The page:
Image via Wikimedia Commons
It’s Student Press Freedom Day, a day meant to recognize and celebrate student journalists, as well as support them as they battle an all too common threat — censorship.
The problem of censorship, while present for all kinds of students, is especially serious in high schools across the country. There, student journalists are often subject to restrictions placed on their writing and aren’t taken as seriously as they should be. These students — young journalists — are providing a tremendously important service to their schools for which they aren’t given proper credit.
Not every high school has a student newspaper, so the ones that do are very special. They provide young citizens the chance to gain real-world skills before they even graduate high school. High school papers also provide their students with the chance to get to know the triumphs, and problems, of their peers. These problems can be incredibly significant to the student body and easily overlooked without student press on campus.
For example, Kate Karstens of George Mason High School in northern Virginia wrote an article in 2016 for her school’s newspaper, The Lasso, which showed administrators’ failure to punish students who were chronically absent from class — an issue that certainly needed to be addressed.
Students at Maury High School in Norfolk, Virginia, made a broadcast last year that showed the literally crumbling school building — obviously something else that not just students would be interested in, but parents and administrators as well.
A student newspaper at Plainfield High School in Indiana also attempted to cover an important story about a fellow student who was arrested and accused of several instances of sexual assault. It goes without saying that this is information of interest to students, parents and administrators alike, and had already been covered by professional media outlets in the area.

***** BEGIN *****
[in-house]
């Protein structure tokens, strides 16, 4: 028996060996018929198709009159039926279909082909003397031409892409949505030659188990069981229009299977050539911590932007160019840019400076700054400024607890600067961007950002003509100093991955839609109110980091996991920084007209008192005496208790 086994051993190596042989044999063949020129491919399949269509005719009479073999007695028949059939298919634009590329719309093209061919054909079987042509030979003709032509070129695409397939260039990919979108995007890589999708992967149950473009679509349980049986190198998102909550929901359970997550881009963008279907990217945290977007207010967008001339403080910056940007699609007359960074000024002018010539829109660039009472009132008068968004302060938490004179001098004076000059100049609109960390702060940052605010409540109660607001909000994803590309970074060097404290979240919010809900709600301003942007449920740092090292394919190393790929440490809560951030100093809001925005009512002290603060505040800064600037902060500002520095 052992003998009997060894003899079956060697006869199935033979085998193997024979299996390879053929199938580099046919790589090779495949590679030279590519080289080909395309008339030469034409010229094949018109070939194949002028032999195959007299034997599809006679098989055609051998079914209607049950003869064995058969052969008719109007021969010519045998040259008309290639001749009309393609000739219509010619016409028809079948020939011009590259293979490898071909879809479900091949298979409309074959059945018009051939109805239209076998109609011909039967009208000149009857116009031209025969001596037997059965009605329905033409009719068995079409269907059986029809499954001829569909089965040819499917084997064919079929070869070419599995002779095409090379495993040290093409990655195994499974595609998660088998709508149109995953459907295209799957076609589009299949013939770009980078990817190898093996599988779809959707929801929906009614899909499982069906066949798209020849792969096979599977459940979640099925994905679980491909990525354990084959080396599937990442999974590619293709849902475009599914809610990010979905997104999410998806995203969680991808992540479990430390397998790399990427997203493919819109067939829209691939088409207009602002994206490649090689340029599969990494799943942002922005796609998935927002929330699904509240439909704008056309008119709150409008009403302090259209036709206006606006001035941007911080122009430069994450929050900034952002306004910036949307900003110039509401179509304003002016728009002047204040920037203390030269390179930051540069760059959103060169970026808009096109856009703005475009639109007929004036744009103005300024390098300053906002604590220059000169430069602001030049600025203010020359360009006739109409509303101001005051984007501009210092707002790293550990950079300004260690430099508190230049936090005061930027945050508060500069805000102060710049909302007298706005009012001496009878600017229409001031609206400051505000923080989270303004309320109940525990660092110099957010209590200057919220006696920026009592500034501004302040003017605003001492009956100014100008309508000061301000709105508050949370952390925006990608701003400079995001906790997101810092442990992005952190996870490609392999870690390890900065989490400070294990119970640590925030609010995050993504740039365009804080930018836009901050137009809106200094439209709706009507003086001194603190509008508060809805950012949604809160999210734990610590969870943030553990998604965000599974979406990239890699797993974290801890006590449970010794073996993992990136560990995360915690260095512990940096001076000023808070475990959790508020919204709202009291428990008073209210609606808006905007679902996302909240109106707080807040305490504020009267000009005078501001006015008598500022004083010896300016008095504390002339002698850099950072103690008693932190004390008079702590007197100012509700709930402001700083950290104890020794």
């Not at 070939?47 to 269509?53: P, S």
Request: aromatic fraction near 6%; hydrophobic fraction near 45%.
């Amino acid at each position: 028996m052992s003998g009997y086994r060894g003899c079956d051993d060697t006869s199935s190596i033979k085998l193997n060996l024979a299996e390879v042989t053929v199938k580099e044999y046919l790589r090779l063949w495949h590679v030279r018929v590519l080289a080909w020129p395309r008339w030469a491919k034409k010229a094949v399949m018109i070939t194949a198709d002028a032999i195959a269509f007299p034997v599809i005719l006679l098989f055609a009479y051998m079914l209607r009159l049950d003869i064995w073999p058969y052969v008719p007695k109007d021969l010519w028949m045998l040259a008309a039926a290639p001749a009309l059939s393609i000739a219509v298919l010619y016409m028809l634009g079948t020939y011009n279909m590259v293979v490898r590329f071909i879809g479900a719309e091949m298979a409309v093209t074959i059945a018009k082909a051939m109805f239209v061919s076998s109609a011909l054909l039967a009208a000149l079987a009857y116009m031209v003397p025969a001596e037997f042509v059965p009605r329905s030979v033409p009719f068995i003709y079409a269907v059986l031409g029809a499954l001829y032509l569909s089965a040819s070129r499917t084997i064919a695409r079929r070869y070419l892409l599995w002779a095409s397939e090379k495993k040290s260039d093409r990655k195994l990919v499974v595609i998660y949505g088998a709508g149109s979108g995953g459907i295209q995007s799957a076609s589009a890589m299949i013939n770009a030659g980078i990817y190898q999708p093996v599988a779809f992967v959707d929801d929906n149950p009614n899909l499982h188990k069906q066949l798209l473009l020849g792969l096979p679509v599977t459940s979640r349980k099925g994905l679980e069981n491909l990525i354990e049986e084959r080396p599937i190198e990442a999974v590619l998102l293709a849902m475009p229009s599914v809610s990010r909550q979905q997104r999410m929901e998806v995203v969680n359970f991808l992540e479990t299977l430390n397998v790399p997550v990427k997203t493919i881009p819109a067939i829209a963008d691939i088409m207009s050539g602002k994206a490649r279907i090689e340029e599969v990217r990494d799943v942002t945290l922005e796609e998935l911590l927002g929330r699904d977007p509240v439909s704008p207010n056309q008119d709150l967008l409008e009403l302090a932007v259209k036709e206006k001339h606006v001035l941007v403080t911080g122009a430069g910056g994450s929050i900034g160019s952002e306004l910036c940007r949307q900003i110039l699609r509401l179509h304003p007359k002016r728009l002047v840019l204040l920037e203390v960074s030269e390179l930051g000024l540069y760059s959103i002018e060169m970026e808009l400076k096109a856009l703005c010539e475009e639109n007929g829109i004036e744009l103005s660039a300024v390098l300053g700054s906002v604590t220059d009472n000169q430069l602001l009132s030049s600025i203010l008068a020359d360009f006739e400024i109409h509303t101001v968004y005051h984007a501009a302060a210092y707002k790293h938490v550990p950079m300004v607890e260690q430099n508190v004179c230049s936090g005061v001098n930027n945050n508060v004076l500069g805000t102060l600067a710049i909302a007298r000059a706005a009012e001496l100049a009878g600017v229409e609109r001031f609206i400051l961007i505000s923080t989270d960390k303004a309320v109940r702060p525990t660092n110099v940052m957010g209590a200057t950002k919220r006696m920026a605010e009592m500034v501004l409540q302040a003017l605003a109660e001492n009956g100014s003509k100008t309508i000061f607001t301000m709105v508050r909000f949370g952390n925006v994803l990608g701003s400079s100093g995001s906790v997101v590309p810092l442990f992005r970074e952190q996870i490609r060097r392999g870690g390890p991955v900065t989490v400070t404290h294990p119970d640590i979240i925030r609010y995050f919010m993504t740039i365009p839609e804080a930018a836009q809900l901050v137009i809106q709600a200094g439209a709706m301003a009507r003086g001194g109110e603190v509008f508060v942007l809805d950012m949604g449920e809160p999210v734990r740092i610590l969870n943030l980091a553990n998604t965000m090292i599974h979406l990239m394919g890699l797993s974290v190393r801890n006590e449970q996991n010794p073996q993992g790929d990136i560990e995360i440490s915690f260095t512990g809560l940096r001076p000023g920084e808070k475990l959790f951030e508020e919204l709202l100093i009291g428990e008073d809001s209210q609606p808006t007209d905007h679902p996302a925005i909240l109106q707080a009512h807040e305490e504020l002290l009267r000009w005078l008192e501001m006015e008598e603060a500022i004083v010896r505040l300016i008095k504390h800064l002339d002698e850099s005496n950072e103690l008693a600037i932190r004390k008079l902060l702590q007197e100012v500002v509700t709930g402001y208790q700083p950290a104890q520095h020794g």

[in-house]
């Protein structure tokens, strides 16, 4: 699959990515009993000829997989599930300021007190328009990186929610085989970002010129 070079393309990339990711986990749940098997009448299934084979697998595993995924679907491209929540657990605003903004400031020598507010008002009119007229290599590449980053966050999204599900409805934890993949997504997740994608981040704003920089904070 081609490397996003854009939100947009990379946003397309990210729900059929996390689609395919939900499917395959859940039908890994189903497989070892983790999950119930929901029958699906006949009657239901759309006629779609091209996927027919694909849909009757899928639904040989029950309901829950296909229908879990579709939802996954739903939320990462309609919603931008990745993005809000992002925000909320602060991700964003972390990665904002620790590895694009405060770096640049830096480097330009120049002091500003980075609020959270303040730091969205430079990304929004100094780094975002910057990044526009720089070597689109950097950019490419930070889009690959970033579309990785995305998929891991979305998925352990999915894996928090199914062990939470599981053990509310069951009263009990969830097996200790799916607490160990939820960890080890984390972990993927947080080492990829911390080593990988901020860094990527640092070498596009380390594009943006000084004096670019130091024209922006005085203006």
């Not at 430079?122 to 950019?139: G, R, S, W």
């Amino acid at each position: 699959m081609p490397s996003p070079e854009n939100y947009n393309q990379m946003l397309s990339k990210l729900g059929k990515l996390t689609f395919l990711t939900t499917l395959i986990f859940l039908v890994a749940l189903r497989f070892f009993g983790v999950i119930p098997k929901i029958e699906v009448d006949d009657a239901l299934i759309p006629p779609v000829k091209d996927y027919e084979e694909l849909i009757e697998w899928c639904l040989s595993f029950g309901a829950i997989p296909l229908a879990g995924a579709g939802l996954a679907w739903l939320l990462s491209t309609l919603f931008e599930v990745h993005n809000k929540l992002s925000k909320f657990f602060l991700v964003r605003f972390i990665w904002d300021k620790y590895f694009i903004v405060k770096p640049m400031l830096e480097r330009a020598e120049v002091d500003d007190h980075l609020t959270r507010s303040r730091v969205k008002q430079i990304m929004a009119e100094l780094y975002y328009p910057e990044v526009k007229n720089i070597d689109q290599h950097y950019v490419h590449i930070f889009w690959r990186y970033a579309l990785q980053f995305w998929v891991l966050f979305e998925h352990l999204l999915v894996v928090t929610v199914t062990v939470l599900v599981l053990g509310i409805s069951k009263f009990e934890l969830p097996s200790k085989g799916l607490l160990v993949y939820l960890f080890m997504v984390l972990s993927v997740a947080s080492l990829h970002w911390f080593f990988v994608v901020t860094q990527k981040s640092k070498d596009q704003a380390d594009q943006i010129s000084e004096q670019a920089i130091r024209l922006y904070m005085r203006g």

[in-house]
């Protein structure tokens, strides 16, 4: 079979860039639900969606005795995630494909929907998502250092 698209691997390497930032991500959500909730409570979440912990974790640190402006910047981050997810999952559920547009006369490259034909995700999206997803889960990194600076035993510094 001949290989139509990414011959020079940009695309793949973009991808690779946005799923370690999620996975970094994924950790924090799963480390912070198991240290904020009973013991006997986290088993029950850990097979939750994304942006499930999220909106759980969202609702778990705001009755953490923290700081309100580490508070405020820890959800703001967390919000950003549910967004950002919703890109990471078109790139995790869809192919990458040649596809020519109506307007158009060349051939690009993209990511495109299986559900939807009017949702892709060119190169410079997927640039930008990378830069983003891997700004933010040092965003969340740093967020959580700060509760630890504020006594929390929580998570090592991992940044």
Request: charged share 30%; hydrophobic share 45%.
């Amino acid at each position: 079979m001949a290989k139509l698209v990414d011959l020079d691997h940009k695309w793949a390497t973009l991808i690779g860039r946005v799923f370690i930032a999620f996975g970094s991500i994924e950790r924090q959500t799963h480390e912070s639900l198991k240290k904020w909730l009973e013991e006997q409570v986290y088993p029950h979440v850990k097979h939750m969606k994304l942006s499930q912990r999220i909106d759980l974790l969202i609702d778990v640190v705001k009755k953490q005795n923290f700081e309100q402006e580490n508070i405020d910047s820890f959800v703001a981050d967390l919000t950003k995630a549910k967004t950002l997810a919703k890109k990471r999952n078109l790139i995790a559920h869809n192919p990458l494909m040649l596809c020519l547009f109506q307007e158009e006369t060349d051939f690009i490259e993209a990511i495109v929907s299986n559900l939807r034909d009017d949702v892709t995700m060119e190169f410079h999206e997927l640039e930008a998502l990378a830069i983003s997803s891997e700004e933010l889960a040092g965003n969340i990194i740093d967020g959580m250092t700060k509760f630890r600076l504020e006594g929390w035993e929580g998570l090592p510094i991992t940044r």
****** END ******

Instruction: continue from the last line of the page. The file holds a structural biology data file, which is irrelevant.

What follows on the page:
In each of these cases, the student newspapers were told to take down their stories or to not pursue them, as the information they conveyed was either too sensitive for students to handle or showed the school in too negative a light. But these aren’t reasons for censorship — they’re proof that schools need student journalists to share sometimes difficult realities with their peers. Administrators are able to wield this sort of power against students to varying degrees — some states have laws that protect students’ ability to report on anything that’s ethical, while others allow schools to pick and choose what is published.
When any newspaper, from a small high school paper to The New York Times, publishes an article presenting a person or an organization in a not entirely positive light, there’s bound to be backlash from those people and organizations. Just because school administrators have a certain level of power over students doesn’t mean that they should use that power to make sure the school paper is another form of PR. If there are problems that students are noticing, then administrators should pick up the newspaper and listen.
We at The Pitt News understand the difficulties of learning to practice journalism and conveying the issues and concerns in a hyperlocal community. We want to encourage high school students to continue to speak out against threats to their ability to pursue stories that deserve to be told. We also want to encourage those with power over high schoolers to respect the work that they do.